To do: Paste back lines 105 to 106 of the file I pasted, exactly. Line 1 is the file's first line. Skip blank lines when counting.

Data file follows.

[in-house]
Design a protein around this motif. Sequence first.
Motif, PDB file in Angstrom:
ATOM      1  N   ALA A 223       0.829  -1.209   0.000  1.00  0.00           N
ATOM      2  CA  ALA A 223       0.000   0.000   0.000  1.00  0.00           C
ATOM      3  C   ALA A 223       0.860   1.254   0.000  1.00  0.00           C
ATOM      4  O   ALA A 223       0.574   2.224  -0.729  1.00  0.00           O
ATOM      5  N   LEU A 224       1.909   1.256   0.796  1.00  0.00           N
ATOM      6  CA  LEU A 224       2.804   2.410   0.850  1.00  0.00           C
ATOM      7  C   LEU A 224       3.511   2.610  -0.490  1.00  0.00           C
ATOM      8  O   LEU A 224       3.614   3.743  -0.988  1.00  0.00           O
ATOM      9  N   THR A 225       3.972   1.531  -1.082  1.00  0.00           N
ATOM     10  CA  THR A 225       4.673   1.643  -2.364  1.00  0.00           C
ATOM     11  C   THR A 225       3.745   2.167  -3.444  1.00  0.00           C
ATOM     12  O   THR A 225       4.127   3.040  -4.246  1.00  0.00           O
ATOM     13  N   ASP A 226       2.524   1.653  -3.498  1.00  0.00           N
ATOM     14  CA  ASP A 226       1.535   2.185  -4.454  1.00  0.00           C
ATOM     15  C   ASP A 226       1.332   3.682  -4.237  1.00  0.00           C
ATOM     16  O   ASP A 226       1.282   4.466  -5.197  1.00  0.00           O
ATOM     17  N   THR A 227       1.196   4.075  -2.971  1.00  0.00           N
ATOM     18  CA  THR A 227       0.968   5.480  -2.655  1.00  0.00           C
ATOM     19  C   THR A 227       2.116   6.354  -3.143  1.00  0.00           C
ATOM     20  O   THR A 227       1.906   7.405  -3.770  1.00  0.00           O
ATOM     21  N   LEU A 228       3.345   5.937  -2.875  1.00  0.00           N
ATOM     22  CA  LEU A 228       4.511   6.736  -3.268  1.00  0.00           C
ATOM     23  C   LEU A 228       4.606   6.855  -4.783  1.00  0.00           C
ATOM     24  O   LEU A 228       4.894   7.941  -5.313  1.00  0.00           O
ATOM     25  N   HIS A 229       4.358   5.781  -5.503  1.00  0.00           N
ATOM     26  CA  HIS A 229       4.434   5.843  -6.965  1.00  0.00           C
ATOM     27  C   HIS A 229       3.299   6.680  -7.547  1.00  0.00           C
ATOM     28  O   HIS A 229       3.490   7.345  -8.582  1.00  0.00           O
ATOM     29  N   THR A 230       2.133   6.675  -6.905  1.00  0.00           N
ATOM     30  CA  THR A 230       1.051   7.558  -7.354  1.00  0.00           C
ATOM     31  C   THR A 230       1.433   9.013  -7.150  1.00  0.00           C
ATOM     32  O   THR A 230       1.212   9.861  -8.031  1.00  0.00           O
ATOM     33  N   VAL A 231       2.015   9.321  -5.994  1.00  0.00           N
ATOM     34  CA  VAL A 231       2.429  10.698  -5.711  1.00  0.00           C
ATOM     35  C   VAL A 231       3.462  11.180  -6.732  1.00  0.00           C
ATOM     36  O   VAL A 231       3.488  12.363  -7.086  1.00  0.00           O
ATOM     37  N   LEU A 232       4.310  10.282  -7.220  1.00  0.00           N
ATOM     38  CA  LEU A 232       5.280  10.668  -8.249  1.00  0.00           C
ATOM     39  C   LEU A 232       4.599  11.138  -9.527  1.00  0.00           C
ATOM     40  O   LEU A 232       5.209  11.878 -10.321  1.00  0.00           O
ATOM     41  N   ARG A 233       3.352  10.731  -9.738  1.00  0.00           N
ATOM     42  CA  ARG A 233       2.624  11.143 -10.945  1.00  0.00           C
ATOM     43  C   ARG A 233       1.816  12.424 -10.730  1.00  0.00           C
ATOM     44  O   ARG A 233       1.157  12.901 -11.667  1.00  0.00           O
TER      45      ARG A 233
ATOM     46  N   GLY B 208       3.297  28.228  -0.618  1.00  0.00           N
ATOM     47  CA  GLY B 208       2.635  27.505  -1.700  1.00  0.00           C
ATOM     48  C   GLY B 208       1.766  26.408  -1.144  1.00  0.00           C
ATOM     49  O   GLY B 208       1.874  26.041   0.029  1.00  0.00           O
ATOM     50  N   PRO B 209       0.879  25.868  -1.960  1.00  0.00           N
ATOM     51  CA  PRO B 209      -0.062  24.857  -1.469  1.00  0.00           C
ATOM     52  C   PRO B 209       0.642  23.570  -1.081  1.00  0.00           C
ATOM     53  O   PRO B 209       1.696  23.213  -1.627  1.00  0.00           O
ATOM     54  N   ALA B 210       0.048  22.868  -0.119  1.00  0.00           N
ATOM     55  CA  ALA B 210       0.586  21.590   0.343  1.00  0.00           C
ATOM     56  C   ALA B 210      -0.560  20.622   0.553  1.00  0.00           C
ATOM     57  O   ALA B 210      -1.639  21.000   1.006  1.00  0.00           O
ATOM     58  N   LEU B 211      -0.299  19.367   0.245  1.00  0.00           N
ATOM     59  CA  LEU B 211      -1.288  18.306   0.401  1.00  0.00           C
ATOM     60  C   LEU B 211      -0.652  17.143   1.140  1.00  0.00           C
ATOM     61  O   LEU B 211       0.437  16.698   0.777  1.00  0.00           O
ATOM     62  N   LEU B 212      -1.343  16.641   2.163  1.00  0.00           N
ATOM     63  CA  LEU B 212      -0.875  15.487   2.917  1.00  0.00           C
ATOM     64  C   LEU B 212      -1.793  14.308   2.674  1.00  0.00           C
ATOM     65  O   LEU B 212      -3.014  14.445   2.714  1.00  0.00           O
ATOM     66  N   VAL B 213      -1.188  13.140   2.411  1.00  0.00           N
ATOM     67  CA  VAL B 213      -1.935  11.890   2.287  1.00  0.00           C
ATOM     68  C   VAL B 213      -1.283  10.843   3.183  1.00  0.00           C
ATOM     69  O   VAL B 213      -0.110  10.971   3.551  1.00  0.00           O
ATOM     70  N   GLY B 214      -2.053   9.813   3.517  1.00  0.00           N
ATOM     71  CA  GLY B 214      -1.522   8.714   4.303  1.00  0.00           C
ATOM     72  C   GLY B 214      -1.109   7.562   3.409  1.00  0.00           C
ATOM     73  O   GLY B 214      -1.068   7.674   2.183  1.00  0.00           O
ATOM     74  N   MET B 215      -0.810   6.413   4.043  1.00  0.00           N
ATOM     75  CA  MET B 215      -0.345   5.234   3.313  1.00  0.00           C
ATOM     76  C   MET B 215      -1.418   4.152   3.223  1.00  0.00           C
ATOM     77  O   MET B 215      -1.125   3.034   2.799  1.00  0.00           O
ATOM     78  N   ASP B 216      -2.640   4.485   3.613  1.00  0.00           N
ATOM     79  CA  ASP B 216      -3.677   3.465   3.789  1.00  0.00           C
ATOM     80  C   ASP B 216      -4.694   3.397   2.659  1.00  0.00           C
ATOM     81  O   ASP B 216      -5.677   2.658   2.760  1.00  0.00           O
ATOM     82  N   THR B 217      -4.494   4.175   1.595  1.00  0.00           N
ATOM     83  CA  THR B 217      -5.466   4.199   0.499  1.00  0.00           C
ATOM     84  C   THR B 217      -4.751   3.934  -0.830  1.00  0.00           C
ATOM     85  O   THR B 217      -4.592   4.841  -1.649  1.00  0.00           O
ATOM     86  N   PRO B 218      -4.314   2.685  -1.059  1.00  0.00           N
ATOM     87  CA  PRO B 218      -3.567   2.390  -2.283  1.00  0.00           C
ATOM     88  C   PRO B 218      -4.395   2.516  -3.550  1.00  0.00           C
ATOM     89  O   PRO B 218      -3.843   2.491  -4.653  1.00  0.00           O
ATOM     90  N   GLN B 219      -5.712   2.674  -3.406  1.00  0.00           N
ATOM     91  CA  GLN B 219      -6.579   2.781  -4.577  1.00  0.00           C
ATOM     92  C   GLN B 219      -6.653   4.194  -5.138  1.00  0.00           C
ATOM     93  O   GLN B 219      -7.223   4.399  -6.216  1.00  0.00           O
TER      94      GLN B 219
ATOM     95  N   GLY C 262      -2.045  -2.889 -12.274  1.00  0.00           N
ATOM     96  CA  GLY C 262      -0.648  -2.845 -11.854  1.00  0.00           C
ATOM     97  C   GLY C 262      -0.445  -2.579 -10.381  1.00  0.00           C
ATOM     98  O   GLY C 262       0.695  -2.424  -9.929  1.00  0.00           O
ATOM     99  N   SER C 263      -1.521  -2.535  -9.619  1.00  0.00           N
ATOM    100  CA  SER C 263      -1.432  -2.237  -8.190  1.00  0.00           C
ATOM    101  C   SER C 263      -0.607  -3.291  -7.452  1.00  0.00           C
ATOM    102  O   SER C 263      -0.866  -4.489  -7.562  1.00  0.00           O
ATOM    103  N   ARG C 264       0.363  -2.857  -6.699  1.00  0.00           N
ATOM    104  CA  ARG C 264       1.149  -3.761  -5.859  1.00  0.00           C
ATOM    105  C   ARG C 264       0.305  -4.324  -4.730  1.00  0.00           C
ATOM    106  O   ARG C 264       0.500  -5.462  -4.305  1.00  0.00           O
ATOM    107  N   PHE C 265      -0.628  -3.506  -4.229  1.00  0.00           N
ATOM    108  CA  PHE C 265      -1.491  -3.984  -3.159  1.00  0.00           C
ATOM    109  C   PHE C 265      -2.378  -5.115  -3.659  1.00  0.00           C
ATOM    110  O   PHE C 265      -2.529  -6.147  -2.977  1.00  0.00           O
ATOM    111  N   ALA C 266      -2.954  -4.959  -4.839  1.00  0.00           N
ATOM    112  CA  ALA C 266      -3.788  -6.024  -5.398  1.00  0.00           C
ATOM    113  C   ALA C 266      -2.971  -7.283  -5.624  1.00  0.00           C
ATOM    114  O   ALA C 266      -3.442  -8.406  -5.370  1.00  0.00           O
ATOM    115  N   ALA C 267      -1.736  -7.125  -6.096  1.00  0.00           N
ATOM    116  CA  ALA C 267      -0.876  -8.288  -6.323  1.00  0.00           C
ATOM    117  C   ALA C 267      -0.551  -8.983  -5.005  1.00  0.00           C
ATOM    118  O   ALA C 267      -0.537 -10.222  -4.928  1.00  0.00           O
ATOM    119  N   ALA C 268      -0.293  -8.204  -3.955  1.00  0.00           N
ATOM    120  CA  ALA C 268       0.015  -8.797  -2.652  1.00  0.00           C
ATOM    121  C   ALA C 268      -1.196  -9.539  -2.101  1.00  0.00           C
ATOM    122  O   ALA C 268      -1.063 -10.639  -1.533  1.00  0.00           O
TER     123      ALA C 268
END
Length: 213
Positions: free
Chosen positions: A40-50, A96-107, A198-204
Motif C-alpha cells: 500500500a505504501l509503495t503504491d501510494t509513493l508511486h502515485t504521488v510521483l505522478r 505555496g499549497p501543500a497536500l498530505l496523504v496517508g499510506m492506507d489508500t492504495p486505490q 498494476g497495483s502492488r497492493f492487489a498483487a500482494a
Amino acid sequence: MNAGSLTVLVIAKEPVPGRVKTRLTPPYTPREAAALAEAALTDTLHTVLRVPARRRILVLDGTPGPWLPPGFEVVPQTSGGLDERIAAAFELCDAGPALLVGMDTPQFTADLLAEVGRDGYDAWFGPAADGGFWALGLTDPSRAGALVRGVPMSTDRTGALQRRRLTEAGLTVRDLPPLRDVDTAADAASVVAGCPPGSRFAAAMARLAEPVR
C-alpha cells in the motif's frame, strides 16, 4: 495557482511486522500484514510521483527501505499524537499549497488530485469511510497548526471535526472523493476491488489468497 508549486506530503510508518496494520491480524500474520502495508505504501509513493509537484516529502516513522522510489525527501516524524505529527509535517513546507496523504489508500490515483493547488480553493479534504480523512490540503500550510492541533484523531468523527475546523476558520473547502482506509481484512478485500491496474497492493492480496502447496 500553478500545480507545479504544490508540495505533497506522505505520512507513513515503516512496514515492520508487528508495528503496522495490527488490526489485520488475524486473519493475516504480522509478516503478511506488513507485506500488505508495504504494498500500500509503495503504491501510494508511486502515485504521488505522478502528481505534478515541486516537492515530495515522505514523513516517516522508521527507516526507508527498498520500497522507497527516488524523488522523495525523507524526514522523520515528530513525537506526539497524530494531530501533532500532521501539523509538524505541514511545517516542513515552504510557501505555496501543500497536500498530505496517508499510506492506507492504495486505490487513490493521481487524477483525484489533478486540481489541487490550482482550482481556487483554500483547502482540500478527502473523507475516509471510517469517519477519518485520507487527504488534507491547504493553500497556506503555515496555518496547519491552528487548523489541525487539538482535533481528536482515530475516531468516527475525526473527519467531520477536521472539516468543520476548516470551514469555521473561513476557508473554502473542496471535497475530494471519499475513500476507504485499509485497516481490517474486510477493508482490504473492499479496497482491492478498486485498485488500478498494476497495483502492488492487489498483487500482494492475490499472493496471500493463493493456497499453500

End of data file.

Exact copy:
ATOM    102  O   SER C 263      -0.866  -4.489  -7.562  1.00  0.00           O
ATOM    103  N   ARG C 264       0.363  -2.857  -6.699  1.00  0.00           N